The Empire was always under-policed. By the time of Jesus, the Romans had conquered so much land and so many peoples, there weren’t enough soldiers to keep order everywhere.  

So they used crucifixion as a highly visible method of execution in order to instill fear in the general populace as a deterrent to rebellion.

That’s why the jailer was so afraid when he woke after the earthquake to find all the doors of his prison open.  It’s why he was prepared to do himself in, rather than wait for the Roman authorities to do it for him.

And it’s also why he felt such overwhelming relief and joy when Paul called out, "Don’t harm yourself, we’re all here." 

In a flash, the question that went through his mind was the same one you and I would ask:  why on earth are you all still here?

But, then, in the next instant, he began to connect the dots.  He remembered those oddly peaceful and curiously happy hymns Paul and Silas sang earlier that night as he drifted off to sleep.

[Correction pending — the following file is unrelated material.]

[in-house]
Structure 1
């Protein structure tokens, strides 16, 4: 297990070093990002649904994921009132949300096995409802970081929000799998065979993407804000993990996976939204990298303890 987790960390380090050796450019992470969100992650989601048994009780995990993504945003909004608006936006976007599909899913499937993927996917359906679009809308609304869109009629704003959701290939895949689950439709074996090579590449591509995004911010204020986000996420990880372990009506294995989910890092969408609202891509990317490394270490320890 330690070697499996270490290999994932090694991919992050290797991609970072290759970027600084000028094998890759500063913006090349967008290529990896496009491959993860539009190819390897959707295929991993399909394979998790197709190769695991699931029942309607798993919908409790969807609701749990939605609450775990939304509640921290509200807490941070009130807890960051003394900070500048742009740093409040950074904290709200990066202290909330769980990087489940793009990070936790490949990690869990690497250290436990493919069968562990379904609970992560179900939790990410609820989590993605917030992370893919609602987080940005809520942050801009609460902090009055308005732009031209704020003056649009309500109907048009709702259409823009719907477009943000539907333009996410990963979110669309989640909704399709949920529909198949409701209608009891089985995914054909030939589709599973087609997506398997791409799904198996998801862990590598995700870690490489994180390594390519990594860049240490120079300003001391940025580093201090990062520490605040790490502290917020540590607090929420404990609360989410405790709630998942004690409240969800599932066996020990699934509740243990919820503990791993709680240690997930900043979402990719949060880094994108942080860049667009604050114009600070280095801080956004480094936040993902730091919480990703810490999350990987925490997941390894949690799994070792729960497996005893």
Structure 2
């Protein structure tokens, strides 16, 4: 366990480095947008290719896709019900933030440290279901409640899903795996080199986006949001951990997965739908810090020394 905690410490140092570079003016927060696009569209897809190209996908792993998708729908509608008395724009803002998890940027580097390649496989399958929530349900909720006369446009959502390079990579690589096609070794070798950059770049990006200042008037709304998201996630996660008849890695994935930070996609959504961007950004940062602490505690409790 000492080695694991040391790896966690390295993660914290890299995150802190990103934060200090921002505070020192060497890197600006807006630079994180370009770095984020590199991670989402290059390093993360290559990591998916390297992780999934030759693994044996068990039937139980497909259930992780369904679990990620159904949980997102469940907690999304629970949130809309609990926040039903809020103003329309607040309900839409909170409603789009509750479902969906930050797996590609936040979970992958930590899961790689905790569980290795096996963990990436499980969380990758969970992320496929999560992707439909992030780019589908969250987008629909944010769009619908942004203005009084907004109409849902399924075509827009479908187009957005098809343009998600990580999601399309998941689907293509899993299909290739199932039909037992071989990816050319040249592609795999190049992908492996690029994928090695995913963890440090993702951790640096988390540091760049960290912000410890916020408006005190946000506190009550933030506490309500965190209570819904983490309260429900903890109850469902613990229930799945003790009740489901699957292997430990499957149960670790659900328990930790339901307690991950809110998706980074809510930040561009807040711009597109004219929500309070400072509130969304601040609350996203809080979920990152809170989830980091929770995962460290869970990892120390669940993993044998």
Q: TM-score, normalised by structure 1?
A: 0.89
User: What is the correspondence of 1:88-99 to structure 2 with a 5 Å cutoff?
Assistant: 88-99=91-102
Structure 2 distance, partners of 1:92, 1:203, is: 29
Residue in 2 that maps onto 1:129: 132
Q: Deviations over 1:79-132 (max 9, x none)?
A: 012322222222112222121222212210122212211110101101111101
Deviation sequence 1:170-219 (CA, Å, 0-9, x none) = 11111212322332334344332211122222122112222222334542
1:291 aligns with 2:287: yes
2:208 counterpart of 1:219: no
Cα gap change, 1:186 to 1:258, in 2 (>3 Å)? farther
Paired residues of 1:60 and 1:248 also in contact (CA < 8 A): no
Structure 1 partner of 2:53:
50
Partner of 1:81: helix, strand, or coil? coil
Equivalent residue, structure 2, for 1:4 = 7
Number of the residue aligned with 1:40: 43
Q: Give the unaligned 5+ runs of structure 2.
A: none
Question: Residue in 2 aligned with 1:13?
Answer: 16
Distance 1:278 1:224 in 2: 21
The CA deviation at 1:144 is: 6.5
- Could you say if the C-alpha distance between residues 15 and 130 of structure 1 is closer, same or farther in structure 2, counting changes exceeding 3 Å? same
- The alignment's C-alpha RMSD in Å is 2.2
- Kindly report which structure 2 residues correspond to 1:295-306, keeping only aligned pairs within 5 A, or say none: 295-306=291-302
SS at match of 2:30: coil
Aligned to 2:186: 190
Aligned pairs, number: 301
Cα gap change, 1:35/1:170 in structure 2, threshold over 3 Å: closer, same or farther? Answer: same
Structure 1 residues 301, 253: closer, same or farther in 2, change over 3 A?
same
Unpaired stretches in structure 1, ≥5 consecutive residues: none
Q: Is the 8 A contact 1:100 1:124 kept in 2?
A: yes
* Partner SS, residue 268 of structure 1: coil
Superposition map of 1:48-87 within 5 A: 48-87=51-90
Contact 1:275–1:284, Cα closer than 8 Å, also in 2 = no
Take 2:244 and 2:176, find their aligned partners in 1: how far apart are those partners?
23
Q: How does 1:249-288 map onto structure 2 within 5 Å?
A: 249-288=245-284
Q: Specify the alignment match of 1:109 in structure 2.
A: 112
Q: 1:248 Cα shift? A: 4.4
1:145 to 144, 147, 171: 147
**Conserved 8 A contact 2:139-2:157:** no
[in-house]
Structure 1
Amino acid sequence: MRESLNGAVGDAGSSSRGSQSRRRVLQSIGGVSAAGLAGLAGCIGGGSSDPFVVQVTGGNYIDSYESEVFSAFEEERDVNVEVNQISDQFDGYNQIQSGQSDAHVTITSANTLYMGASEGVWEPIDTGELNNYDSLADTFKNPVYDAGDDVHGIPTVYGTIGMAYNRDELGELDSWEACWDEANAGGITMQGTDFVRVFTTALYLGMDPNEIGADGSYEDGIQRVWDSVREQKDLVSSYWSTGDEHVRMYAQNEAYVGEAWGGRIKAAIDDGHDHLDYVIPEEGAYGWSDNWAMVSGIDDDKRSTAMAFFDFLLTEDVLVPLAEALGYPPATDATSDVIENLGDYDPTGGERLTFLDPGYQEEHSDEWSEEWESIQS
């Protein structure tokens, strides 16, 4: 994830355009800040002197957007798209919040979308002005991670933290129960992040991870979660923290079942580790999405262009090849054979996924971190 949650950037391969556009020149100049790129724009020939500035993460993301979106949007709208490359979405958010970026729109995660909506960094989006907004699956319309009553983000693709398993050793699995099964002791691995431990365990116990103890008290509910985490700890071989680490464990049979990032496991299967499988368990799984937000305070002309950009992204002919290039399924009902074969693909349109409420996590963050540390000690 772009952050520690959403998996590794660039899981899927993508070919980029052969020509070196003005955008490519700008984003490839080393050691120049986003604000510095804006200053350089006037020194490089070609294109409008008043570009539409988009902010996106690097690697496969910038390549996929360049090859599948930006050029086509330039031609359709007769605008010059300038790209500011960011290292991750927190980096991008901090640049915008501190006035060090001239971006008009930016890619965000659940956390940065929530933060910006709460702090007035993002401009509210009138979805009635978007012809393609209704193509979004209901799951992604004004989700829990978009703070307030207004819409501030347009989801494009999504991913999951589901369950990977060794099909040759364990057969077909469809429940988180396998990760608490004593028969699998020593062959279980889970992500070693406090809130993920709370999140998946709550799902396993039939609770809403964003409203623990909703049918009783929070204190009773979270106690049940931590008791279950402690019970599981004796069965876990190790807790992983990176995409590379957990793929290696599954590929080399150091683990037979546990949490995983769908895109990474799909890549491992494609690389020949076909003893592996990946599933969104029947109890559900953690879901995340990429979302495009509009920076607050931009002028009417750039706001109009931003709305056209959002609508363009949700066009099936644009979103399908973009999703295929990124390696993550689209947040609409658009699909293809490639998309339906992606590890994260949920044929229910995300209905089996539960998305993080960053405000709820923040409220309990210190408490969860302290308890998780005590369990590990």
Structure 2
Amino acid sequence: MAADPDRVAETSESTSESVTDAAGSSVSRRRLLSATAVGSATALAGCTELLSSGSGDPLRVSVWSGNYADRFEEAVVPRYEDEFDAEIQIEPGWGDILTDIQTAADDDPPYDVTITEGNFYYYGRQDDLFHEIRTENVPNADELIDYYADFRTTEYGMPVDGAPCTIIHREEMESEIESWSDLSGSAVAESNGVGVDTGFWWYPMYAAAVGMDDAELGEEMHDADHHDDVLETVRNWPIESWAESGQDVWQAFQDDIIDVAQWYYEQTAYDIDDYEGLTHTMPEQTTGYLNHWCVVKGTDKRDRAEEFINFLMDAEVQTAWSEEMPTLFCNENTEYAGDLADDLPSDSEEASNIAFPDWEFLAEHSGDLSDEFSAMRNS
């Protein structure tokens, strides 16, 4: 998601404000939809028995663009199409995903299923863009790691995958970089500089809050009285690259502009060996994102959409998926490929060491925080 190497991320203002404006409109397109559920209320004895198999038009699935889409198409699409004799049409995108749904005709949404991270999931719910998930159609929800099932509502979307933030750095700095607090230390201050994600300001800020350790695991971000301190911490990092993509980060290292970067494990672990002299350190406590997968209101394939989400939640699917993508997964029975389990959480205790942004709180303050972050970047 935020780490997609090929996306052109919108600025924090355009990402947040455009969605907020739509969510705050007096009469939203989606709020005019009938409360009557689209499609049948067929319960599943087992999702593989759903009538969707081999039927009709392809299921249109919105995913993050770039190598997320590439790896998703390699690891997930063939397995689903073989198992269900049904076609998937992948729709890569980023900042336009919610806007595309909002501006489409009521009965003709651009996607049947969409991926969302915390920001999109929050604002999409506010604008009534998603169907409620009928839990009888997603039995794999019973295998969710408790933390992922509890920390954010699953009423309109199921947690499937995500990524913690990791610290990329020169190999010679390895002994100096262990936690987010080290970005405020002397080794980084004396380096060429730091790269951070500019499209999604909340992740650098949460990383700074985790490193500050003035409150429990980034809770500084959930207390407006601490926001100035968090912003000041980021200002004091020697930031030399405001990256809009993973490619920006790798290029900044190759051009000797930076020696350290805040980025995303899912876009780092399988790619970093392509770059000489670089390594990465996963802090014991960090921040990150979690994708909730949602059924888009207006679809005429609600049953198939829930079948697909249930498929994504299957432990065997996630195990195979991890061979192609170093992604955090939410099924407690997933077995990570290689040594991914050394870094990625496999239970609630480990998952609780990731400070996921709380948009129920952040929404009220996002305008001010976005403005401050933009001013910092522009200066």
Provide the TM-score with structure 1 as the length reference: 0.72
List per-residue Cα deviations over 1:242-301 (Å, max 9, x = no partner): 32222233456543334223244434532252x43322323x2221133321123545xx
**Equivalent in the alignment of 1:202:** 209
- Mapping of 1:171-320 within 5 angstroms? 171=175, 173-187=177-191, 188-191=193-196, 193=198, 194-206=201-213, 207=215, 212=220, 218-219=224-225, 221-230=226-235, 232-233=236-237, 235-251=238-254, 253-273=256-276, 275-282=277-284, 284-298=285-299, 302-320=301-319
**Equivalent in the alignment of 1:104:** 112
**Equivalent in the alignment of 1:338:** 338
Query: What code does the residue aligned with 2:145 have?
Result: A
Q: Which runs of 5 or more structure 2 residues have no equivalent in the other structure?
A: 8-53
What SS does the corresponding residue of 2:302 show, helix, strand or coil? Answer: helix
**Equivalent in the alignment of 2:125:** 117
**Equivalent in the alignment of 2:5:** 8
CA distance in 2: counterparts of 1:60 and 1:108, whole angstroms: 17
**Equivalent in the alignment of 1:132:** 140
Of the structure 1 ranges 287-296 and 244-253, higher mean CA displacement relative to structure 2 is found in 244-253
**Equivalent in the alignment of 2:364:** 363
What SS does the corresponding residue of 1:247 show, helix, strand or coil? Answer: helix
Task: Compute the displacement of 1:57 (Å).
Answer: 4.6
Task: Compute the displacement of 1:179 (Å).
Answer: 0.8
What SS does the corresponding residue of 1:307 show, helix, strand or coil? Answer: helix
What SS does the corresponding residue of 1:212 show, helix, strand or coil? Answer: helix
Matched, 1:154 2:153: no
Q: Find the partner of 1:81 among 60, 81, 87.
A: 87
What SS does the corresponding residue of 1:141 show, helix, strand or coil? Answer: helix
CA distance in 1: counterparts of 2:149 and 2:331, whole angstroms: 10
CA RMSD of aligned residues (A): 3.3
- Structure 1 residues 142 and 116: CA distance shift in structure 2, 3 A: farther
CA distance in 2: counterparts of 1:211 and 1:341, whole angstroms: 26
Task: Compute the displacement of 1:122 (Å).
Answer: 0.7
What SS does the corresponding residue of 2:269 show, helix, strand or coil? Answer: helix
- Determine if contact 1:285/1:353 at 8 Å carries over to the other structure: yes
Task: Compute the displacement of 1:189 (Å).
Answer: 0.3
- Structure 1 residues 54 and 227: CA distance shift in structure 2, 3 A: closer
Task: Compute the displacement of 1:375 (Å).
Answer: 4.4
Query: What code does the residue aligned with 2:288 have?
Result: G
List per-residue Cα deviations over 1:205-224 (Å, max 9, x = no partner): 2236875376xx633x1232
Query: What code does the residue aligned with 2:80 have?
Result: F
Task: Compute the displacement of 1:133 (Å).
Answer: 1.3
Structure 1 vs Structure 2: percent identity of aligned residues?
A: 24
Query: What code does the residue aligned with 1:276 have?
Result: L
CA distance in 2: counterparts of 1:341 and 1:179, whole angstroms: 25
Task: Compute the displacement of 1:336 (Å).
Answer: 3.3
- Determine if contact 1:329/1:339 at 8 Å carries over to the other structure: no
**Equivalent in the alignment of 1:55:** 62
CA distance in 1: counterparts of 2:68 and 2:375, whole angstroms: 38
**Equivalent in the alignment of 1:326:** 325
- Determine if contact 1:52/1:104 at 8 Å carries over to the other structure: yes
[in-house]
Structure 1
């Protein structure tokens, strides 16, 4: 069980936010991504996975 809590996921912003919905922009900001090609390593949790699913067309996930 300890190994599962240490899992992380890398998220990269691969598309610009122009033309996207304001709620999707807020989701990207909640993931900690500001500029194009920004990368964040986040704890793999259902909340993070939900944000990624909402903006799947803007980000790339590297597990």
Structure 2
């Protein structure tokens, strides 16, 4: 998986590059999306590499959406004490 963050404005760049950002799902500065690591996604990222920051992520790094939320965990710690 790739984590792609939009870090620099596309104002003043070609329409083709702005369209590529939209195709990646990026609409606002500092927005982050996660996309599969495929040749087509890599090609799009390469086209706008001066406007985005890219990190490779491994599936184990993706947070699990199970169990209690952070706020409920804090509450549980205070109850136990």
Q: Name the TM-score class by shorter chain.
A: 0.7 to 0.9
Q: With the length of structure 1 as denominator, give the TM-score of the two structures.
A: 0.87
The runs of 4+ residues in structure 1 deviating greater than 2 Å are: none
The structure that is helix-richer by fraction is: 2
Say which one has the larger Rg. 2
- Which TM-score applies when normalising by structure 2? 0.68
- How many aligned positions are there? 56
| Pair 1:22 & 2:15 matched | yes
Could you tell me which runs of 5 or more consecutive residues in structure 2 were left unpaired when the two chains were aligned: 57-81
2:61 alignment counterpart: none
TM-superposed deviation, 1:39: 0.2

And he recalled how unusually quiet the other prisoners were as Paul and Silas prayed aloud, including that one prayer that began “Our Father, who art in Heaven, hallowed by thy name.  Thy kingdom come, thy will be done on earth as it is heaven.”

And then, in a moment of sudden clarity, this jailer had an “Aha!” moment.  He understood there was a God greater than any of the ones he knew, a God who ruled his kingdom not by fear, but by love; who saved his people not through violence, but by choosing to become fully human and willingly sacrificing himself on the cross.

Which meant he actually chose to endure the single most humiliating death imaginable, so that everyone who believes in him could be saved.

That’s when he thought, “Sign me up. I’m tired of living in fear, wondering when the axe might fall!” 

And these two Jewish prisoners know this God.  So, he asks, Paul “What must I do to be saved?” 

Friends, at one time or another, haven’t we all felt like that jailer did?  Whether by choice or necessity, we’ve all found ourselves in situations where power is exercised through fear.  It’s not fun.